Movie character Deadpool rides in a taxi driven by composer Wolfgang Amadeus Mozart in driver advocate Chris Thompson’s latest video. Mozart’s face was added to illustrate that if all he did was drive a car, he might still be alive today based on the declining risk. (SenseBC)

Cell phone tickets worse tax grab than speed limits, SenseBC says

Distracted driving statistics questioned as B.C. tickets pile up

Chris Thompson’s first traffic safety video in 2013 led to increased speed limits on some B.C. highways, and he’s hoping his latest one prompts similar reforms to the wave of distracted driving tickets for cell phone use.

The latest controversy involves $368 traffic tickets being issued to B.C. drivers for having their phones sitting in a cupholder to charge while driving, or being held in hand at a stop light but not used.

Thompson’s new video, produced for driver advocacy group SenseBC, is called Speed Kills Your Pocketbook 2: Lying with Statistics. It reveals how accident data have been selectively fed to news media to reinforce a need for a crackdown on cell phone use. That has produced a blitz of 40,000 cell phone-related tickets in recent years, with only two deaths actually related to cell phone use, while over the same period, 100 deaths for other types of distraction, prompted fewer than 5,700 tickets.

“So why the huge enforcement blitz for these two people?” Thompson asks in the video. “It’s because it’s so, so easy, and drivers have money.”

Thompson and Sense BC’s Ian Tootill argue that no one has ever died from looking at a cell phone while stopped at a traffic light, and almost none have died in cell phone-related crashes of any kind.

RELATED: Phone in cupholder isn’t OK, public safety minister says

RELATED: Speed limits being rolled back on 15 B.C. highways

B.C. VIEWS: Setting speed limits in a post-fact environment

Thompson’s statistics show that the rise of cell phone use and phone-related tickets has actually corresponded with a decline in distracted driving deaths. Between 2007 and 2016, annual distracted driving fatalities fell from 100 to 80 per year. Over the same period, impaired driving fatalities fell even more, from 170 to just below 80.

The decline in impaired deaths has been used in recent years by Premier John Horgan, Attorney General David Eby and Public Safety Minister Mike Farnworth to emphasize that distracted driving is now “worse” than impaired driving, and that cell phones are the key culprit. This is the “lying with statistics” that justifies the cell phone blitz as statistics improve, which has so far been supported by one judge in a ticket dispute.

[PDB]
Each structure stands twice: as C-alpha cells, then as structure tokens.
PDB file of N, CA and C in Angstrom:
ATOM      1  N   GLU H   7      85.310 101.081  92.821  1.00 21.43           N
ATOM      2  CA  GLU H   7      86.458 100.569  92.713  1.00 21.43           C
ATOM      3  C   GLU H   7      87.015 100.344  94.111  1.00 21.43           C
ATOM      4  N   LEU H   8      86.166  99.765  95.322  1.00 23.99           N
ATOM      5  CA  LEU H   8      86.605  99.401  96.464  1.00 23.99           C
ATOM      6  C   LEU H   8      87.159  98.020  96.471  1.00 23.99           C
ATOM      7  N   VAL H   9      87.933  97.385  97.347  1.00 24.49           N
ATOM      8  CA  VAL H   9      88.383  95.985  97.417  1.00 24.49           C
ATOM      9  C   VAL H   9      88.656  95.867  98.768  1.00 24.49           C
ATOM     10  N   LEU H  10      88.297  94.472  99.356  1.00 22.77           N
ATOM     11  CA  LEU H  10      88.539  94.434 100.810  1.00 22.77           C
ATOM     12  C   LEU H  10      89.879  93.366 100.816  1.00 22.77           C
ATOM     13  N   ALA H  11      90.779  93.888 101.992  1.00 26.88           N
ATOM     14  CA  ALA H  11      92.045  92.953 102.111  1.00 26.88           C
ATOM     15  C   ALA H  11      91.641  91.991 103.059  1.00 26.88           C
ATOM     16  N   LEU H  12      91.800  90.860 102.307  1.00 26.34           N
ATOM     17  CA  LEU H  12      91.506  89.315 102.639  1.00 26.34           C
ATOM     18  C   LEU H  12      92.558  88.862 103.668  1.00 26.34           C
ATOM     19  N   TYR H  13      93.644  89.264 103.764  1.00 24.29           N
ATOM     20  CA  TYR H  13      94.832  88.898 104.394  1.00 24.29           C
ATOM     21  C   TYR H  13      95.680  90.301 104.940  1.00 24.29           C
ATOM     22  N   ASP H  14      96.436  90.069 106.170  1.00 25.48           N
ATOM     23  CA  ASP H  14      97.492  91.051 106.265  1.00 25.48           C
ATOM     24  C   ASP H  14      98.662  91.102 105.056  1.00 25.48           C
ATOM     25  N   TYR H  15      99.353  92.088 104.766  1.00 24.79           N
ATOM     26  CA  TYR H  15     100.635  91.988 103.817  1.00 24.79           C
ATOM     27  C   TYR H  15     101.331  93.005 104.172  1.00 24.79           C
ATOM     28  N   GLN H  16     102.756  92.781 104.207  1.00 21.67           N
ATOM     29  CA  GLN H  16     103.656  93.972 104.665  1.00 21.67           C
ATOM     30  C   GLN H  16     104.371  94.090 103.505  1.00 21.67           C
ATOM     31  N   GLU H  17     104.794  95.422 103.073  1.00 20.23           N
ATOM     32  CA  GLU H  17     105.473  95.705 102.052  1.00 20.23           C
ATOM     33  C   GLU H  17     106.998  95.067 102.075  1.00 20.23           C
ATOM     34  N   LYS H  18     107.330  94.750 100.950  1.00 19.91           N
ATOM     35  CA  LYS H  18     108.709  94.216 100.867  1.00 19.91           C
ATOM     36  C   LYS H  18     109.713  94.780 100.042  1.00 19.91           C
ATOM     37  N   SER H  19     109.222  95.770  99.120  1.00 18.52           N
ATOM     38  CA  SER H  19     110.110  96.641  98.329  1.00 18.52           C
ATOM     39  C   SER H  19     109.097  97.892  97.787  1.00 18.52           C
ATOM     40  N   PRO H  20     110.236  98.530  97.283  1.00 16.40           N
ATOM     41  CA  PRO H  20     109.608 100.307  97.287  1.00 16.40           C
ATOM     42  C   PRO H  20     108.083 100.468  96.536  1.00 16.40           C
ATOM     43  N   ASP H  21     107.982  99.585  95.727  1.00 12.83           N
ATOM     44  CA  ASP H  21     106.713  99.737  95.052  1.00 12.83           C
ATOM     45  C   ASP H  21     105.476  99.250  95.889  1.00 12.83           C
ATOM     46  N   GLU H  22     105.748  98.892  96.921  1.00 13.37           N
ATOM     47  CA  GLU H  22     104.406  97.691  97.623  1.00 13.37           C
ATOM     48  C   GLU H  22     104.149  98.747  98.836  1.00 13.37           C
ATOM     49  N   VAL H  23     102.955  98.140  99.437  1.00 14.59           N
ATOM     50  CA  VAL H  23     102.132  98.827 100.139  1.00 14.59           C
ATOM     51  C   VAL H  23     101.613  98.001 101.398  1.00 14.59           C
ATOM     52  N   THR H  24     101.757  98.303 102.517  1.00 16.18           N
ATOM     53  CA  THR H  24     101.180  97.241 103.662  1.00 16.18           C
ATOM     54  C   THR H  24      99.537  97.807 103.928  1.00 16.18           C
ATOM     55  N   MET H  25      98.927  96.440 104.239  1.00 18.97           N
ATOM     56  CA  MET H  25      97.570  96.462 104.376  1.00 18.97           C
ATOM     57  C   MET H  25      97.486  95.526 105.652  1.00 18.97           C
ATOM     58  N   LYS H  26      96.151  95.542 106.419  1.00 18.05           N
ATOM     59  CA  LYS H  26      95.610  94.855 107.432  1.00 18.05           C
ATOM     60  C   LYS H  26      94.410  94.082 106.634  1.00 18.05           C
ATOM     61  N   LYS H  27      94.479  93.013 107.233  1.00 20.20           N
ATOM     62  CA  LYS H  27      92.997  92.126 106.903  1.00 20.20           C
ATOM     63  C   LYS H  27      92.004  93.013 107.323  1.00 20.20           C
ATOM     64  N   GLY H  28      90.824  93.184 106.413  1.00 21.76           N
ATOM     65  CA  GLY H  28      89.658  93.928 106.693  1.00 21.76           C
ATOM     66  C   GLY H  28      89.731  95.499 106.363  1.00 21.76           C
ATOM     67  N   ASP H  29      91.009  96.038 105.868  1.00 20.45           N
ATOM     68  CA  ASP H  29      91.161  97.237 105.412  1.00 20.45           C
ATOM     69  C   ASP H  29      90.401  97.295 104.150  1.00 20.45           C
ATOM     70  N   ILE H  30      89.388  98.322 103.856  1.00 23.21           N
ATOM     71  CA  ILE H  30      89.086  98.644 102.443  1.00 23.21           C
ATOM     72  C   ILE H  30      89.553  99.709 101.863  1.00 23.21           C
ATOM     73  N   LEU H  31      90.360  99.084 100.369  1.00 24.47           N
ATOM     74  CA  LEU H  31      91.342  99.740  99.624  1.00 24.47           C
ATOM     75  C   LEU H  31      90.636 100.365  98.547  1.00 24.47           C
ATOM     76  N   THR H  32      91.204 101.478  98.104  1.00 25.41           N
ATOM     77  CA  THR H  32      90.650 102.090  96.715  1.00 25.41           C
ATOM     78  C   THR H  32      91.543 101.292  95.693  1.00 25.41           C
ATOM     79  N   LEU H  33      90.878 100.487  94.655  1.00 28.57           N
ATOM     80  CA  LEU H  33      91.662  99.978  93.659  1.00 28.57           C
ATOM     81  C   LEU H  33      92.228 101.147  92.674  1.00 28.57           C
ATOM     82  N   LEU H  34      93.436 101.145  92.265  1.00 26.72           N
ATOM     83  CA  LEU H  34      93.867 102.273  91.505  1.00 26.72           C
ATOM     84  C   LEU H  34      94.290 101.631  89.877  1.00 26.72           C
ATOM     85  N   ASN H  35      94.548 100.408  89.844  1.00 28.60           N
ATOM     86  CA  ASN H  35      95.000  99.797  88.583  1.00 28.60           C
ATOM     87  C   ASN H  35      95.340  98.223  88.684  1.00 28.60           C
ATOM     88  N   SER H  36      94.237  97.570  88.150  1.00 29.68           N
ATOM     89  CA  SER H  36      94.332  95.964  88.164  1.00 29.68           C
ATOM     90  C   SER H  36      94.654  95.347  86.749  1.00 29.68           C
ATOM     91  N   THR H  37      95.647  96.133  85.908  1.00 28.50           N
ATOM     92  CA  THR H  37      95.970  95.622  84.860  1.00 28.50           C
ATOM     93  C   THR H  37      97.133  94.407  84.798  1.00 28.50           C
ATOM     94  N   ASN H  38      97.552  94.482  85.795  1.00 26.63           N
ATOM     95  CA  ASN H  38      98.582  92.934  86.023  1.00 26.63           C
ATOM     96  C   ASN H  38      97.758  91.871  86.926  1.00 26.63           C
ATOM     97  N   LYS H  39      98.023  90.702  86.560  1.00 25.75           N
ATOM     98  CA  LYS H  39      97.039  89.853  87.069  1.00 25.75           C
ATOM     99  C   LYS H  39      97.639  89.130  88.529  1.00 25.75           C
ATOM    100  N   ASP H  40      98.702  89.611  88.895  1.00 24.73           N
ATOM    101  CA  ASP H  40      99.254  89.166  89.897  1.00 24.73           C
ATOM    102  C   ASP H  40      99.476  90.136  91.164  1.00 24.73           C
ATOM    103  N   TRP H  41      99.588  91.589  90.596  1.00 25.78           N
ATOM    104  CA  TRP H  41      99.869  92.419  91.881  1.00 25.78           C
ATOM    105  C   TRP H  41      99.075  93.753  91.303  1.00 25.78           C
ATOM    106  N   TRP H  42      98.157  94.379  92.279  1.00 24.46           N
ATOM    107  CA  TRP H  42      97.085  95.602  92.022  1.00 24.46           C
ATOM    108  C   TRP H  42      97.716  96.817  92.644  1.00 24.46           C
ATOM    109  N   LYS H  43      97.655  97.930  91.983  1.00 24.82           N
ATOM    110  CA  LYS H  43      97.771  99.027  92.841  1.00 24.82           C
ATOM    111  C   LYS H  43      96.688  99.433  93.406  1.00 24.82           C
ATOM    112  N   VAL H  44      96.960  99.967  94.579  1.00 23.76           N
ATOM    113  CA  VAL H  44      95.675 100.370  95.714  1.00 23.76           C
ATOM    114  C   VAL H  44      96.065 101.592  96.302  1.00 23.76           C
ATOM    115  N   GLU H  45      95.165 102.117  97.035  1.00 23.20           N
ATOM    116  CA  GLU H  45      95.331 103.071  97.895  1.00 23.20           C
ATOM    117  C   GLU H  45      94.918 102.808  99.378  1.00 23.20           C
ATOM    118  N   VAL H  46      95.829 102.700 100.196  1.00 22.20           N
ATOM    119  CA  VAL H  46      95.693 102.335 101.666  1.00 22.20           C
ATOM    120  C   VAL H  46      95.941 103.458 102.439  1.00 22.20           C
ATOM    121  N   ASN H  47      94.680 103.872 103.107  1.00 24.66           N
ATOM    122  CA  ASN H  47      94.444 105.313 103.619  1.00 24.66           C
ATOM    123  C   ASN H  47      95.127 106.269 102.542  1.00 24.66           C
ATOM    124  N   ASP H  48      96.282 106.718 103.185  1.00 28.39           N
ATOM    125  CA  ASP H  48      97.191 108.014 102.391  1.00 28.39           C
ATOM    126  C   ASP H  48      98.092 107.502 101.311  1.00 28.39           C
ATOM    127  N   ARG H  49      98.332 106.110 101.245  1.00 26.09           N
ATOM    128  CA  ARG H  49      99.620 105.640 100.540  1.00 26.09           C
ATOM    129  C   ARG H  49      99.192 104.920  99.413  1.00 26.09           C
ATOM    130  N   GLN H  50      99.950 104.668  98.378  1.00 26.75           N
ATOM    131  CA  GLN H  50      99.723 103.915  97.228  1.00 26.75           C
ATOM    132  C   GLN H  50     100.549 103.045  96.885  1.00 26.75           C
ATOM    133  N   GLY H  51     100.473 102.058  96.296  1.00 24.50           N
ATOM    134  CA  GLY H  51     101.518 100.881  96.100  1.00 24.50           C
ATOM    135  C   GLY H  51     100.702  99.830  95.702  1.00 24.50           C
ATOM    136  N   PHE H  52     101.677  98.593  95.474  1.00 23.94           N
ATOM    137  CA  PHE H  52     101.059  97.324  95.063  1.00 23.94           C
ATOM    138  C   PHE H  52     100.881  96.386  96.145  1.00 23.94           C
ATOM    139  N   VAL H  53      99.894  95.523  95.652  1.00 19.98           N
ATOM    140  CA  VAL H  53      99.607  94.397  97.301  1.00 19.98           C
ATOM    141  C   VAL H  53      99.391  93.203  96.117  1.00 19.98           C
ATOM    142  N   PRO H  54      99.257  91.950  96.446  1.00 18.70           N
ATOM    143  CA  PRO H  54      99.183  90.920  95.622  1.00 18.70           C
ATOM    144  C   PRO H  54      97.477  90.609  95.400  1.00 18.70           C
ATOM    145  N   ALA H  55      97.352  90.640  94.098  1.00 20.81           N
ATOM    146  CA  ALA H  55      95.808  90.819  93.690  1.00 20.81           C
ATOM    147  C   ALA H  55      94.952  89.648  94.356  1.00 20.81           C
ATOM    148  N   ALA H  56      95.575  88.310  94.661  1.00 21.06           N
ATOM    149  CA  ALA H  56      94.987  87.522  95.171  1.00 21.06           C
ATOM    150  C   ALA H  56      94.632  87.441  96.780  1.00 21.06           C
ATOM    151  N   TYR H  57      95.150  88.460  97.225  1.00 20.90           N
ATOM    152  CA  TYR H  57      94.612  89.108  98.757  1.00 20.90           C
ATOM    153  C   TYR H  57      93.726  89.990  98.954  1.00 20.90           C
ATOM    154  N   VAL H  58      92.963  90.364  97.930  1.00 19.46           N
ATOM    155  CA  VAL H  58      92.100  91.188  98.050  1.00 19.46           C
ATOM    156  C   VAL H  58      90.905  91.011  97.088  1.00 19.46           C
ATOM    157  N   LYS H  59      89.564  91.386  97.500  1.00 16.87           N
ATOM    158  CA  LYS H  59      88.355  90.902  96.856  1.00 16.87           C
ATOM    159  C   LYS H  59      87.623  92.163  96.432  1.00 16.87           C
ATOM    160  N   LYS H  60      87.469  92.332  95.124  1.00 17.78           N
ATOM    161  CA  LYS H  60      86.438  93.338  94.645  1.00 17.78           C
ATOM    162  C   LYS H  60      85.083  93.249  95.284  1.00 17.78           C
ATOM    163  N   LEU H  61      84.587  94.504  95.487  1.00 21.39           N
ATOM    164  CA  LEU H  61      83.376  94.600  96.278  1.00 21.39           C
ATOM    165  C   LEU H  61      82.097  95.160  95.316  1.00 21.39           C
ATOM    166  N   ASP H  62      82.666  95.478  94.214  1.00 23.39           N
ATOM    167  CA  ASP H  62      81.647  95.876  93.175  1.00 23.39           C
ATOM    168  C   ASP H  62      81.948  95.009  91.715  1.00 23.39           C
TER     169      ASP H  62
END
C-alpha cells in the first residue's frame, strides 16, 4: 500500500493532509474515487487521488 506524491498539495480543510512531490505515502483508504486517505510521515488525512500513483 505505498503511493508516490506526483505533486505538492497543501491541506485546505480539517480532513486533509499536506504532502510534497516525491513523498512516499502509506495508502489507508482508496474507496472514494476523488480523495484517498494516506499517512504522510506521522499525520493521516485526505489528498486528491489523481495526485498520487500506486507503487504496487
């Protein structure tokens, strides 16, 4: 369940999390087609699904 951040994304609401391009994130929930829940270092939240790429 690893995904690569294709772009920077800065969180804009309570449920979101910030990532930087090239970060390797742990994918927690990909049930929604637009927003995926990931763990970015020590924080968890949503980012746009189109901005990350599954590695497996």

Speed Kills Your Pocketbook 2 also reviews the way Transportation Minister Claire Trevena skewed accident statistics to justify reducing highway speed limits that were increased to as much as 120 km/h. Trevena rolled back speed limits on 15 sections of highway where they were raised in 2014 by former minister Todd Stone.

Thompson points out that some years were selectively omitted, and that the effect of two harsh winters on crash statistics was also left out, despite the fact that on some highways, actual speeds went down as crashes rose due to bad highway conditions.

Much of the video is devoted to deconstructing Global TV news reports, which breathlessly depict cell phones and increased speed limits as reckless killers of B.C. motorists. Thompson said most media outlets fell for the narrative that supports a massive revenue grab, much of it going to ICBC for penalty points and insurance rate hikes as costs and tickets increase.

“Take statistical news stories with a huge grain of salt, because a lot of times they’re biased towards sensationalism,” Thompson says in the video.

Speed Kills Your Pocketbook 2 includes a testimonial from a retired West Vancouver traffic officer, who says the fatalities show he was being ordered by government and ICBC to enforce the wrong things.


@tomfletcherbc
tfletcher@blackpress.ca

Like us on Facebook and follow us on Twitter.

Get local stories you won't find anywhere else right to your inbox.
Sign up here

Just Posted

Penticton Vees on four-game streak after 2-1 win against Salmon Arm Silverbacks

The Vees head to West Kelowna Tuesday, before coming home Friday to battle the Merritt Centennials.

Update: Individual successfully rescued from hills above Penticton

An individual became stranded earlier this morning.

First VegFest of the South Okanagan coming to Penticton

The festival is scheduled for Aug. 23, with speakers and entertainment all day.

Priest Camp near Summerland was created in 1845

Agreement formed between Grand Chief Nicola (1793-1859) and Father Giovanni Nobili (1812-1856)

After cashing in on QB gambles, Chiefs and 49ers to clash in Super Bowl

KC beats Tennessee, San Francisco dispatches Green Bay to reach NFL title game

B.C. VIEWS: Few clouds on Horgan’s horizon

Horgan’s biggest challenge in the remainder of his term will be to keep the economy humming along

Kelowna’s Tess Critchlow gears up for World Cup at Big White

Critchlow is a professional snowboarder competing for Team Canada in the boardercross competition

Victoria family focuses on ‘letting go, enjoying time together’ after dad gets dementia

Walter Strauss has developed an interest in music and now takes line dancing classes

B.C. forest industry grasps for hope amid seven-month strike, shutdowns, changes

Some experts say this could be worse for forestry than the 2008 financial crisis

Northern B.C. RCMP investigating alleged sexual assault in downtown Smithers

One person was transported by ambulance to hospital following RCMP investigation at Sedaz

UBC, Iranian-Canadian community create memorial scholarship in honour of victims

The Jan. 8 crash killed 176 people, including 57 Canadians

Disrespectful that Horgan won’t meet during northern B.C. tour: hereditary chief

Na’moks said he was frustrated Horgan didn’t meet with the chiefs

Most Read